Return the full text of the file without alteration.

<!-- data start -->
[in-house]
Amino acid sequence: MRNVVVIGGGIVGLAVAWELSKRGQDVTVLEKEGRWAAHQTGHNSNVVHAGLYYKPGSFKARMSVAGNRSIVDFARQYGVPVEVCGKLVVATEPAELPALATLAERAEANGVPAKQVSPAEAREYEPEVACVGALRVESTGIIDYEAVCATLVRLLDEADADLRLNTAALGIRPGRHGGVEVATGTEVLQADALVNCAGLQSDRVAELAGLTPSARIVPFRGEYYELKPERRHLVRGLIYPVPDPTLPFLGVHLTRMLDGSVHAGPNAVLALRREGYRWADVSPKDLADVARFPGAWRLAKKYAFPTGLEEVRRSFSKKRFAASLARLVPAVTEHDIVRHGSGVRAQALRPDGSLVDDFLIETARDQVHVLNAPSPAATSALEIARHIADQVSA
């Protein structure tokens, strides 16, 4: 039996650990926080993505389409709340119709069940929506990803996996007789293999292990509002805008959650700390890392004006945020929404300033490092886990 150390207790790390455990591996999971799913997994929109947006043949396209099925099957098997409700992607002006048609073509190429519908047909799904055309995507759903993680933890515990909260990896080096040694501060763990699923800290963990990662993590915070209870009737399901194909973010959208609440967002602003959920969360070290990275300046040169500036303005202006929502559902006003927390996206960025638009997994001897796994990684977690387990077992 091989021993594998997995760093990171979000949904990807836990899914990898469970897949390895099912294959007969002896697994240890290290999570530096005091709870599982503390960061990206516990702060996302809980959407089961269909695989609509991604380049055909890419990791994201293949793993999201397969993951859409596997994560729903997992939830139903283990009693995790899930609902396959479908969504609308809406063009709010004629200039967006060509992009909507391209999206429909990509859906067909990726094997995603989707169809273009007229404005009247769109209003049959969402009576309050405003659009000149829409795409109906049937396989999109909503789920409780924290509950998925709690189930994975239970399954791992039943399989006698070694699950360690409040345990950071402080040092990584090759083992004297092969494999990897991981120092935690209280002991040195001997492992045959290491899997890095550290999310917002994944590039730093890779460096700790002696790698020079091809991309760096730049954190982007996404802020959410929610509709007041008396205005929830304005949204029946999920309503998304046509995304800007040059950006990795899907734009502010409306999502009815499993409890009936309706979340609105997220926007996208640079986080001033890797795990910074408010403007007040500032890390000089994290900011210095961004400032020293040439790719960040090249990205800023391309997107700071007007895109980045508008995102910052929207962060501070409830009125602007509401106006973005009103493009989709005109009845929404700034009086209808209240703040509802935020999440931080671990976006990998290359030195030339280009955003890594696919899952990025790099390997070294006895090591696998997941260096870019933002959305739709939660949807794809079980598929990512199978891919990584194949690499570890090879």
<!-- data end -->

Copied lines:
[in-house]
Amino acid sequence: MRNVVVIGGGIVGLAVAWELSKRGQDVTVLEKEGRWAAHQTGHNSNVVHAGLYYKPGSFKARMSVAGNRSIVDFARQYGVPVEVCGKLVVATEPAELPALATLAERAEANGVPAKQVSPAEAREYEPEVACVGALRVESTGIIDYEAVCATLVRLLDEADADLRLNTAALGIRPGRHGGVEVATGTEVLQADALVNCAGLQSDRVAELAGLTPSARIVPFRGEYYELKPERRHLVRGLIYPVPDPTLPFLGVHLTRMLDGSVHAGPNAVLALRREGYRWADVSPKDLADVARFPGAWRLAKKYAFPTGLEEVRRSFSKKRFAASLARLVPAVTEHDIVRHGSGVRAQALRPDGSLVDDFLIETARDQVHVLNAPSPAATSALEIARHIADQVSA
């Protein structure tokens, strides 16, 4: 039996650990926080993505389409709340119709069940929506990803996996007789293999292990509002805008959650700390890392004006945020929404300033490092886990 150390207790790390455990591996999971799913997994929109947006043949396209099925099957098997409700992607002006048609073509190429519908047909799904055309995507759903993680933890515990909260990896080096040694501060763990699923800290963990990662993590915070209870009737399901194909973010959208609440967002602003959920969360070290990275300046040169500036303005202006929502559902006003927390996206960025638009997994001897796994990684977690387990077992 091989021993594998997995760093990171979000949904990807836990899914990898469970897949390895099912294959007969002896697994240890290290999570530096005091709870599982503390960061990206516990702060996302809980959407089961269909695989609509991604380049055909890419990791994201293949793993999201397969993951859409596997994560729903997992939830139903283990009693995790899930609902396959479908969504609308809406063009709010004629200039967006060509992009909507391209999206429909990509859906067909990726094997995603989707169809273009007229404005009247769109209003049959969402009576309050405003659009000149829409795409109906049937396989999109909503789920409780924290509950998925709690189930994975239970399954791992039943399989006698070694699950360690409040345990950071402080040092990584090759083992004297092969494999990897991981120092935690209280002991040195001997492992045959290491899997890095550290999310917002994944590039730093890779460096700790002696790698020079091809991309760096730049954190982007996404802020959410929610509709007041008396205005929830304005949204029946999920309503998304046509995304800007040059950006990795899907734009502010409306999502009815499993409890009936309706979340609105997220926007996208640079986080001033890797795990910074408010403007007040500032890390000089994290900011210095961004400032020293040439790719960040090249990205800023391309997107700071007007895109980045508008995102910052929207962060501070409830009125602007509401106006973005009103493009989709005109009845929404700034009086209808209240703040509802935020999440931080671990976006990998290359030195030339280009955003890594696919899952990025790099390997070294006895090591696998997941260096870019933002959305739709939660949807794809079980598929990512199978891919990584194949690499570890090879």